NBC’s Lisa Bloom Wants To Stack Juries: 'Don’t Think Whites Really Understand The Black Experience'

June 13 marks twenty years since O.J., Simpson’s ex wife and boyfriend were found murdered outside their condo in California, and MSNBC’s Joy-Ann Reid chose to use her June 12 The Reid Report  program to discuss the O.J. Simpson and how in Joy-Ann Reid’s words “race played into that trial.” 

Lisa Bloom, legal analyst for NBC News and daughter of feminist lawyer Gloria Allred, appeared with Reid and proclaimed “I have a race discrimination case going on right now. I’m sure hoping I get African-Americans on the jury. Because I don't think whites really understand the black experience here in Los Angeles.” [See video below.]

Bloom began her comments by insisting that “I think race, along with the forensic evidence, was one of the biggest factors in the case. I don't think much has changed in the last 20 years, then as now. I practice civil rights law here in Los Angeles, and I'm sorry to say that blacks and whites in this city live in two different worlds."

The NBC legal analyst’s claim that whites don’t “really understand the experience here in Los Angeles” came in response to Joy-Ann Reid’s comments on the O.J. Simpson murder trial:  

One of the things I think that's most memorable about that verdict day is the way it came down, so succinctly along the lines of black and white. You had a black man, a white woman victim, you had a jury where you had nine African-Americans, two people who were white, one who was Hispanic, and you had a reaction across the country that was literally in black and white.   

See relevant transcript below.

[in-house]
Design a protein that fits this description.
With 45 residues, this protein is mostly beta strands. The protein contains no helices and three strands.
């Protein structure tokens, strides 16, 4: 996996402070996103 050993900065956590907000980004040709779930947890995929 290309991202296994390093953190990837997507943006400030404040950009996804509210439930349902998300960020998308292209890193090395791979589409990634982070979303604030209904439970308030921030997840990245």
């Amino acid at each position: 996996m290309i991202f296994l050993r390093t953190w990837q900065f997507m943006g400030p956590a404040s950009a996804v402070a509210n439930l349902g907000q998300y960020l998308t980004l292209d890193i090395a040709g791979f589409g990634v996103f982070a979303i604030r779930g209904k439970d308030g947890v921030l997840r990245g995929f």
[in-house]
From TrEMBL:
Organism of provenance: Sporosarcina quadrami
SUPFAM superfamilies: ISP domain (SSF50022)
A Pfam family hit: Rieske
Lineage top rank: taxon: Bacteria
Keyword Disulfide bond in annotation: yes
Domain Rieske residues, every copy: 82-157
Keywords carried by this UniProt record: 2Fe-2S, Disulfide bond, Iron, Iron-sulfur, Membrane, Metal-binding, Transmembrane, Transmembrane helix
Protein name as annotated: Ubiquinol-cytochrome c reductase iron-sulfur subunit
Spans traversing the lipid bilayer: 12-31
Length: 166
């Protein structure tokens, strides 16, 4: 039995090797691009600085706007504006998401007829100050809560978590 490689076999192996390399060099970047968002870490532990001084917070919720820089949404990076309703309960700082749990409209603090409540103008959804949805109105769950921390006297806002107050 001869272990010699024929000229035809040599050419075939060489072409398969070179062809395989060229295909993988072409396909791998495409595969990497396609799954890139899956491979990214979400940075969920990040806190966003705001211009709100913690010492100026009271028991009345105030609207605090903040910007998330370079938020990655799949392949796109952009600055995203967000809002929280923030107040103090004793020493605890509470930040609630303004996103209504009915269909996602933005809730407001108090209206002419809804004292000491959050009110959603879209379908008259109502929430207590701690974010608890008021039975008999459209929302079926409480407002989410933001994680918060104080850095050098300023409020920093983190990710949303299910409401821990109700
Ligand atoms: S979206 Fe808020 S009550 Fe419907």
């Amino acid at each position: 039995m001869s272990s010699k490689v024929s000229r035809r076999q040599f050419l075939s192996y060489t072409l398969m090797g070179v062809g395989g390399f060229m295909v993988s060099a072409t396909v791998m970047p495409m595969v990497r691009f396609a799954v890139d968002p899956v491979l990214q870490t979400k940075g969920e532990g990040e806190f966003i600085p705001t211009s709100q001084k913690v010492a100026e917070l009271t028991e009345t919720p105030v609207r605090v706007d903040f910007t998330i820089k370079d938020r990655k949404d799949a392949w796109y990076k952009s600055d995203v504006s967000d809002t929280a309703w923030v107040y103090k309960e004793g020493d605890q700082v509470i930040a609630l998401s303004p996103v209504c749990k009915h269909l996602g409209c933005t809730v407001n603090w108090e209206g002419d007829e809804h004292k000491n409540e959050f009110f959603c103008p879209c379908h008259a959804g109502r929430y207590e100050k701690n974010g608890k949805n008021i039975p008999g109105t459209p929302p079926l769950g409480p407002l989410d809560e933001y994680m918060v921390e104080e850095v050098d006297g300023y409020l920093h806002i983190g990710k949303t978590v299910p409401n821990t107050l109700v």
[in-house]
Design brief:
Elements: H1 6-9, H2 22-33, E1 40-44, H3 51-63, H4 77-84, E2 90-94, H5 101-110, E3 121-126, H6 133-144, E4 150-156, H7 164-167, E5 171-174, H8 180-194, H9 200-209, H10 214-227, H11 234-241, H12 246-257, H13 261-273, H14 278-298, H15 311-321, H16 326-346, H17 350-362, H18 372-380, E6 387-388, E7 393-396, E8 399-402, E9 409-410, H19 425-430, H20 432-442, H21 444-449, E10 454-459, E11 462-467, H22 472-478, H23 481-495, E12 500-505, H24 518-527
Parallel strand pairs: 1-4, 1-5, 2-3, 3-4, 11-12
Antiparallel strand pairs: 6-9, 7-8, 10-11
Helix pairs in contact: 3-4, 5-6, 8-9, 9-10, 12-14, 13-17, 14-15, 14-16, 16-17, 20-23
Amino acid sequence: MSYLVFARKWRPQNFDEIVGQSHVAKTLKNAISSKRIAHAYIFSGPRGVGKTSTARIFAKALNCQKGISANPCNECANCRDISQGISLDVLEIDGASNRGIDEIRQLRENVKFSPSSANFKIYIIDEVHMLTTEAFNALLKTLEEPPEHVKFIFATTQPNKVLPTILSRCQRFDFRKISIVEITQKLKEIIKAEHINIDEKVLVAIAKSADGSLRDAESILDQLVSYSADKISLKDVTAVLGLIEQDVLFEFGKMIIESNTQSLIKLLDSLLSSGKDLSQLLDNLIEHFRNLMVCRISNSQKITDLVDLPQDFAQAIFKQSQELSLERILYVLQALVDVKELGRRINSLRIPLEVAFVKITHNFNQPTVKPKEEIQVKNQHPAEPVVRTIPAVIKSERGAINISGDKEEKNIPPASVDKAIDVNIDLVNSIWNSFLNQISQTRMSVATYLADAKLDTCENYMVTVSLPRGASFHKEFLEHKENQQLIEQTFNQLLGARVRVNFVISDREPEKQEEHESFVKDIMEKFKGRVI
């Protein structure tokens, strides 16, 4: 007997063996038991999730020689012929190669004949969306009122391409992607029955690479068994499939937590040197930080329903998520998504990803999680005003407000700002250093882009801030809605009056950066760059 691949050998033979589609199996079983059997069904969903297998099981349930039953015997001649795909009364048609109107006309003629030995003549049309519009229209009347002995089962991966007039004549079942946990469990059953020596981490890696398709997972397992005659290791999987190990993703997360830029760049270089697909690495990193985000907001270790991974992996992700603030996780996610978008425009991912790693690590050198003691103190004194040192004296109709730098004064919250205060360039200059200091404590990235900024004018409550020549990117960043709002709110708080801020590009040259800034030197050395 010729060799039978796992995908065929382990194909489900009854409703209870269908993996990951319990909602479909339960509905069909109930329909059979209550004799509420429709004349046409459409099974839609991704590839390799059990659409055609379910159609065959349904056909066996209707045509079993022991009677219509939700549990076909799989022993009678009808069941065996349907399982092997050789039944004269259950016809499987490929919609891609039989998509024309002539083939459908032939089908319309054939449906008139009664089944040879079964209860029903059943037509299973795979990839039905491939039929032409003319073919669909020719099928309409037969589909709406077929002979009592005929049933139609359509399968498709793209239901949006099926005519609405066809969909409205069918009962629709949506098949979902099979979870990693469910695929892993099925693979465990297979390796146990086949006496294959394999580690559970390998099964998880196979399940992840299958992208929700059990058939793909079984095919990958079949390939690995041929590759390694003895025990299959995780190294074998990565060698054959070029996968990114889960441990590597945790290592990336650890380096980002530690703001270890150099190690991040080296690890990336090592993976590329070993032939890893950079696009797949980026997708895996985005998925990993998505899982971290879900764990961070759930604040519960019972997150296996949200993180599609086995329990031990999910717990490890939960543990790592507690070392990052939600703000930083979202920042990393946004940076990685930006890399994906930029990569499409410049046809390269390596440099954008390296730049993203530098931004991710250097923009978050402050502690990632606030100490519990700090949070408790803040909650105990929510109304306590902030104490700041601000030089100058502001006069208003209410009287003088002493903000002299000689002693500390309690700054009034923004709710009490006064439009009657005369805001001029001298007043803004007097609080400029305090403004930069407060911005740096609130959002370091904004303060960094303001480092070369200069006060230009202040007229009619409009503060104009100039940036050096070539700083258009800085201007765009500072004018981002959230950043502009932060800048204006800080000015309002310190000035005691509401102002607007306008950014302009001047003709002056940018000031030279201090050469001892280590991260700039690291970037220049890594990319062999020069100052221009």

MSNBC

The Reid Report

June 12, 2014

2:46 p.m. Eastern 

JOY-ANN REID: So two decades later, what did we learn from the O.J. Simpson case? Joining me now is Lisa Bloom, attorney and legal analyst for NBC News, and my friend. Lisa, wow, the O.J. Simpson trial, I think everyone remembers sort of where they were on the day the bronco chase, the day the verdict came down. But one of the things I think that's most memorable about that verdict day is the way it came down, so succinctly along the lines of black and white. You had a black man, a white woman victim, you had a jury where you had nine African-Americans, two people who were white, one who was Hispanic, and you had a reaction across the country that was literally in black and white. What is your starkest memory of how race played into that trial? 

LISA BLOOM: I think race, along with the forensic evidence, was one of the biggest factors in the case. I don't think much has changed in the last 20 years, then as now. I practice civil rights law here in Los Angeles, and I'm sorry to say that blacks and whites in this city live in two different worlds. I have a race discrimination case going on right now. I’m sure hoping I get African-Americans on the jury. Because I don't think whites really understand the black experience here in Los Angeles. The biggest part of the problem is the police treatment of African-Americans. And so many people feel disenfranchised, singled out and abused by the LAPD. When Mark Fuhrman was brought into the case and proven to be a racist, not an alleged racist, but a racist.  A man who had used the "N" word over and over, who bragged about drumming up false charges against African-Americans. A man who’s now a convicted perjurer, well I think that had a huge effect on the case. Because that was the man who found the bloody glove. And I think that the jury felt that they couldn't trust the testimony, they couldn’t trust the LAPD, they couldn’t trust the investigation and that's why they came back with a not-guilty verdict. 

Jeffrey Meyer
Jeffrey Meyer
Jeffrey Meyer is a News Analyst at the Media Research Center.